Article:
The end of stomping

File:Bundesarchiv Bild 183-1985-1216-524, Paris, Wachablösung.jpgThursday

Isaiah 9:2-7

File:CaligaSeptimiusSeverusBogen2.jpg5All the boots of the tramping warriors
and all the garments rolled in blood
shall be burned as fuel for the fire.
6For a child has been born for us,
a son given to us;
authority rests upon his shoulders;
and he is named
Wonderful Counselor, Mighty God,
Everlasting Father, Prince of Peace.

The Tanach translation of this passage begins:

Truly, all the boots put on to stamp with
And all the garments donned in infamy
Have been fed to the flames,

I love the way it subtly shifts the focus from the destruction of military gear to an end of the human propensity to stomp one another.

I find it ironic that on the night of peace that brought even the German and British armies to a temporary truce during World War I, CBS is advertising a football game as if it were some great contribution to your celebration of the holiday (remember ‘holiday’ means ‘holy day’).

The world continues to spin on its axis, the planet races around the sun, and the sun races around the galactic center – and even the galaxy itself is racing, someday to collide with its neighbor. Babies will be born (my mother is a Christmas baby and my daughter, Christmas eve). First responders will be on duty. Nurses will tend patients. And most of life will continue.

But in a world where violence is widespread and ritually enacted in combat sports, including football, some of us will gather to celebrate the child of peace and to join the angels’ song announcing “Peace on earth.”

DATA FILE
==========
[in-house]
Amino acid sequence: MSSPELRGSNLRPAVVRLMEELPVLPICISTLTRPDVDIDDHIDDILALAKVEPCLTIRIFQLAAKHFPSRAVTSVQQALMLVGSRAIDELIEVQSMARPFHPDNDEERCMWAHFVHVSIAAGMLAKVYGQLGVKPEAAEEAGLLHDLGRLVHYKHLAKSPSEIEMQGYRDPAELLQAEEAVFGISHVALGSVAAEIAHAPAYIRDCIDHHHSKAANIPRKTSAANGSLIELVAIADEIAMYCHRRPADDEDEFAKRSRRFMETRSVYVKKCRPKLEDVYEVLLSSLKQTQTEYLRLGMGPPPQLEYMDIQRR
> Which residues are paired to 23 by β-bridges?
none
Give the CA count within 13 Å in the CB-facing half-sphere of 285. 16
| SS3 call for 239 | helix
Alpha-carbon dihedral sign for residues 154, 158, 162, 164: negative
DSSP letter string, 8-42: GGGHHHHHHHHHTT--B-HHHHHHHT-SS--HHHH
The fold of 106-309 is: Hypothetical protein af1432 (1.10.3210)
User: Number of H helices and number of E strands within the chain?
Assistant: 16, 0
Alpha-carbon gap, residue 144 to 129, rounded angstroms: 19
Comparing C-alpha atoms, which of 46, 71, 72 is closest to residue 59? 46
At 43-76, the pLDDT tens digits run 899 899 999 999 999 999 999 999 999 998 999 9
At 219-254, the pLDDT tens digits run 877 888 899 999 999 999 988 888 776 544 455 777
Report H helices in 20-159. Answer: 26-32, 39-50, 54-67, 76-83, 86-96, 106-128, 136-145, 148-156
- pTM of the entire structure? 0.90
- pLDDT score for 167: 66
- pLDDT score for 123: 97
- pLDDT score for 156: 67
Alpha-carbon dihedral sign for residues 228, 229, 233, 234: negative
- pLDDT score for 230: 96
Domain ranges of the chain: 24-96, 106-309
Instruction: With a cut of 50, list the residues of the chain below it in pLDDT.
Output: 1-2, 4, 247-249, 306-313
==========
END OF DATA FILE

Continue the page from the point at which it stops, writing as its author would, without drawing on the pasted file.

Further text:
The Christmas Eve service may bring a moment’s peace, but its true importance is in pointing towards peace, pointing towards the harmony that should be but is so seldom, pointing towards the peace that is far more than an end to the gunfire but the sharing of a table. We shouldn’t have to be reminded that peace is God’s purpose in the world, but it seems we do.

I watch football, but I am aware that it is ritual combat. Its underlying metaphor is that life is about conquest and victory. Tonight, in churches across the world, we will be reminded that life is about the ties that bind us to one another, to the creation, and to Him who is the heart of the universe. The Christ child comes to restore those ties.

 

Images:
Bundesarchiv, Bild 183-1985-1216-524 / CC-BY-SA 3.0 [CC BY-SA 3.0 de (http://creativecommons.org/licenses/by-sa/3.0/de/deed.en)%5D, via Wikimedia Commons
By Rabax63 (Own work) [CC BY-SA 4.0 (http://creativecommons.org/licenses/by-sa/4.0)%5D, via Wikimedia Commons
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